Sales tax is imposed by the state on the gross receipts of all persons who
sell, lease, or rent tangible personal property at retail or provide taxable
services. The use tax complements the sales tax and is imposed at the same rate
on the storage, use, or consumption in Minnesota of taxable, tangible personal
property purchased from any retailer, unless the Minnesota sales tax was already paid on
these items. Since July 1, 2009, the rate has been 6.875 percent.
Major exemptions include: unprepared food, clothing, prescribed and nonprescribed
drugs and medications purchases, gasoline and special fuels
taxed under the motor fuels excise tax, publications issued at intervals of
three months or less (except over-the-counter magazines), motor vehicles subject
to the 6.5 percent sales tax on motor vehicles, materials used or consumed in
agricultural or industrial production, textbooks, residential heating fuels and
water services, and industrial capital equipment.
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Tax Amount and Reporting
Calendar Year 2013 Sales/Use Tax: $5.5 billion (gross)
$5.2 billion (net after refunds)
$4.4 billion from residents and in-state sellers
A total of $5,475.4 million in state sales/use taxes was collected during
calendar year 2013. The net amount of sales/use tax after the reduction of
capital equipment refunds of $228.0 million was $5,247.4 million. (This includes refunds paid on other exempt purchases
where the tax is paid at the time of purchase and then refunded, mainly for some
specific capital projects.) Of the $5.2 billion in net sales taxes, about $866 million was collected from returns filed
by out-of-state vendors, resulting in $4.4 billion allocated to Minnesota. The amount collected from returns filed by
out-of-state sellers is not allocated to Minnesota in this data since the taxpayer's residence and/or place of business is
unknown, nor is it included in the five-year historical table below. The table shows the amount and share of taxes that were allocated
to Minnesota (paid by residents and in-state sellers) and the portion not allocated to Minnesota (paid by out-of-state sellers)
over the last ten years.
|(In thousands and after capital equipment refund)
||Allocated to Minnesota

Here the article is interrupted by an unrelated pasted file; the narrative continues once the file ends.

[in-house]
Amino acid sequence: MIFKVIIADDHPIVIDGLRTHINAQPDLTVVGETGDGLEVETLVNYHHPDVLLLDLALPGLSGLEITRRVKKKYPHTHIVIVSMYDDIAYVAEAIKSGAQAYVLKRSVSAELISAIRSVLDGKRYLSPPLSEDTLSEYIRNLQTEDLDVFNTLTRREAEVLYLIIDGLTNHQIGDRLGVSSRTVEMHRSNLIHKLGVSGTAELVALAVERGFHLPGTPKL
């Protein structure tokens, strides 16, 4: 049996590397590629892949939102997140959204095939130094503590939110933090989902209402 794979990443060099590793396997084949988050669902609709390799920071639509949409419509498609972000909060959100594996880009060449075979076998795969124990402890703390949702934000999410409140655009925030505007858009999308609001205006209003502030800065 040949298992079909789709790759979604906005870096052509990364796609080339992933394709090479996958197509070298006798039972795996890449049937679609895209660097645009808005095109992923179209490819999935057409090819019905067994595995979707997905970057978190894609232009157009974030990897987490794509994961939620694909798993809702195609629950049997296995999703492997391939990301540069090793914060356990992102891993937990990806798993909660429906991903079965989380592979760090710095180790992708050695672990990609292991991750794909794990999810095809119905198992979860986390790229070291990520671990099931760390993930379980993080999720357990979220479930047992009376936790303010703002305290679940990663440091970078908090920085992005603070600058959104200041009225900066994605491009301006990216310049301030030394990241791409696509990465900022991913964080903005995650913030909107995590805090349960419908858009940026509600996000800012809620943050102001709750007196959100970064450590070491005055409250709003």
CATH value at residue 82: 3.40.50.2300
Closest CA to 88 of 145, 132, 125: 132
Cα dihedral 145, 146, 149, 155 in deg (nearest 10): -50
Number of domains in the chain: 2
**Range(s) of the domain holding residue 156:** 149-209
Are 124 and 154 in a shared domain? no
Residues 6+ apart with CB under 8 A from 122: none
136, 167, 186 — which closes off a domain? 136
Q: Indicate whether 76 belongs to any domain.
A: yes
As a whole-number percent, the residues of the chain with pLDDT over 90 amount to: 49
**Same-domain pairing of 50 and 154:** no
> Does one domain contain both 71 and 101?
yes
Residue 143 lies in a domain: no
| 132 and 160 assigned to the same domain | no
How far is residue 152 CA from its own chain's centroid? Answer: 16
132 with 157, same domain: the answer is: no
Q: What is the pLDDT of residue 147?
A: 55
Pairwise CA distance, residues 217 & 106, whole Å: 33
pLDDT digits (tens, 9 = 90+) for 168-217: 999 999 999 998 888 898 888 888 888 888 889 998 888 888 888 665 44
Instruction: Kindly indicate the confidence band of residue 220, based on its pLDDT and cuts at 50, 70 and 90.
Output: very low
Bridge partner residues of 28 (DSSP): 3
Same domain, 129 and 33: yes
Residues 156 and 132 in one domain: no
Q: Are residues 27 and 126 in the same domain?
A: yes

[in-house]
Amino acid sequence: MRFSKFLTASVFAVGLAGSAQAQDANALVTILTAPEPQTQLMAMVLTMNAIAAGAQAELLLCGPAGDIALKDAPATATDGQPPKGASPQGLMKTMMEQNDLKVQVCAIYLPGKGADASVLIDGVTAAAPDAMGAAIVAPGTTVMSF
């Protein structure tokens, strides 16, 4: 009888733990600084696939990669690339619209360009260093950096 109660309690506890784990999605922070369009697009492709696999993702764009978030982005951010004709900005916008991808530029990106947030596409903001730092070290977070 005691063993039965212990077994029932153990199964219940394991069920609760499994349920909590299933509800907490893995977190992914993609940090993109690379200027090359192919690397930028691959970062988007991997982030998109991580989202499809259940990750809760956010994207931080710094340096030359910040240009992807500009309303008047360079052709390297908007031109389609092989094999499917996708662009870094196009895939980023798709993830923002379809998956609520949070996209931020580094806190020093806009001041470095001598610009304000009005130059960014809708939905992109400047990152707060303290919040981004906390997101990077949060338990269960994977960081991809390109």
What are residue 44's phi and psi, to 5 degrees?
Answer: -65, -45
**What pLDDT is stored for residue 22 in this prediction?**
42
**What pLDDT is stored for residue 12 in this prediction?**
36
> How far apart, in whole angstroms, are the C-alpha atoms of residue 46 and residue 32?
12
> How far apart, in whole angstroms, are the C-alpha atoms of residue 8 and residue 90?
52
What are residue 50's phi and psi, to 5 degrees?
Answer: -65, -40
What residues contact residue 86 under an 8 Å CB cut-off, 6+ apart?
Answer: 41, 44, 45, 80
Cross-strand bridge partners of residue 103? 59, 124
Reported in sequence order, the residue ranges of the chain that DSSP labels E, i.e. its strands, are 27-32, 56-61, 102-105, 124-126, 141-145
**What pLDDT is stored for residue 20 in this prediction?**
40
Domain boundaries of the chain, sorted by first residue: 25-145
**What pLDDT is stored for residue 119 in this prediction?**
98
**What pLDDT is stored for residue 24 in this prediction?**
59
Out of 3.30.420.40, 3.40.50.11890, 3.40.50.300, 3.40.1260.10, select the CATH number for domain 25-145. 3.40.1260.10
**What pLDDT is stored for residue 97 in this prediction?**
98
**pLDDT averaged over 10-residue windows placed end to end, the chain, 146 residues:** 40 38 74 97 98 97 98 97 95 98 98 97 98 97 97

||Not Allocated to Minnesota
Most of the amounts not allocated to Minnesota is a tax on sales made by out-of-state businesses to Minnesota
residents, which are reported on a single non-Minnesota return. The amount not allocated to Minnesota has gradually
increased from about 14 percent to over 16 percent.
The sales tax amounts contained in this report exclude any local sales taxes
that cities impose. Local sales taxes are used primarily to support specific capital
projects. As of December 2013, the cities of Albert Lea, Austin,
Baxter, Bemidji, Brainerd, Clearwater, Cloquet, Fergus Falls, Hutchinson, Lanesboro, Mankato,
Marshall, Medford, Minneapolis, New Ulm, North Mankato, Proctor, Rochester, St. Paul, Two
Harbors, Worthington, and St. Cloud-area cities imposed a 0.5 percent general sales
tax. The cities of Duluth and Hermantown, and Cook County imposed a 1 percent general sales tax; Hennepin County
imposed a 0.15 percent general sales tax; and a Transit Improvement Area
consisting of Anoka, Dakota, Hennepin, Ramsey, and Washington counties imposed a
0.25 percent general sales tax.
The amounts shown in the statewide tables are net of the capital equipment refund; the amounts shown by geographic
region in the maps are also net of the total remitted by out-of-state sellers. Because sales tax is reported in the
county where the seller is located, higher amounts tend to be reported in counties with a regional center (e.g., Twin
Cities, Duluth, Rochester, etc.).
Sales/use tax data was obtained from the Department of Revenue.
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Recent Law Changes
The tax rate was 3.0 percent in
1967 and has risen gradually over time. The most recent increase, from 6.5 percent to 6.875
percent, is a temporary increase imposed from July 1, 2009, to June 30, 2034. The extra revenue from this temporary rate
increase is constitutionally dedicated to fund clean water, parks and trails, and arts and cultural heritage.
The legislature fairly often modifies the goods and services included in the sales tax base. Some of the most
significant changes in recent years include the following: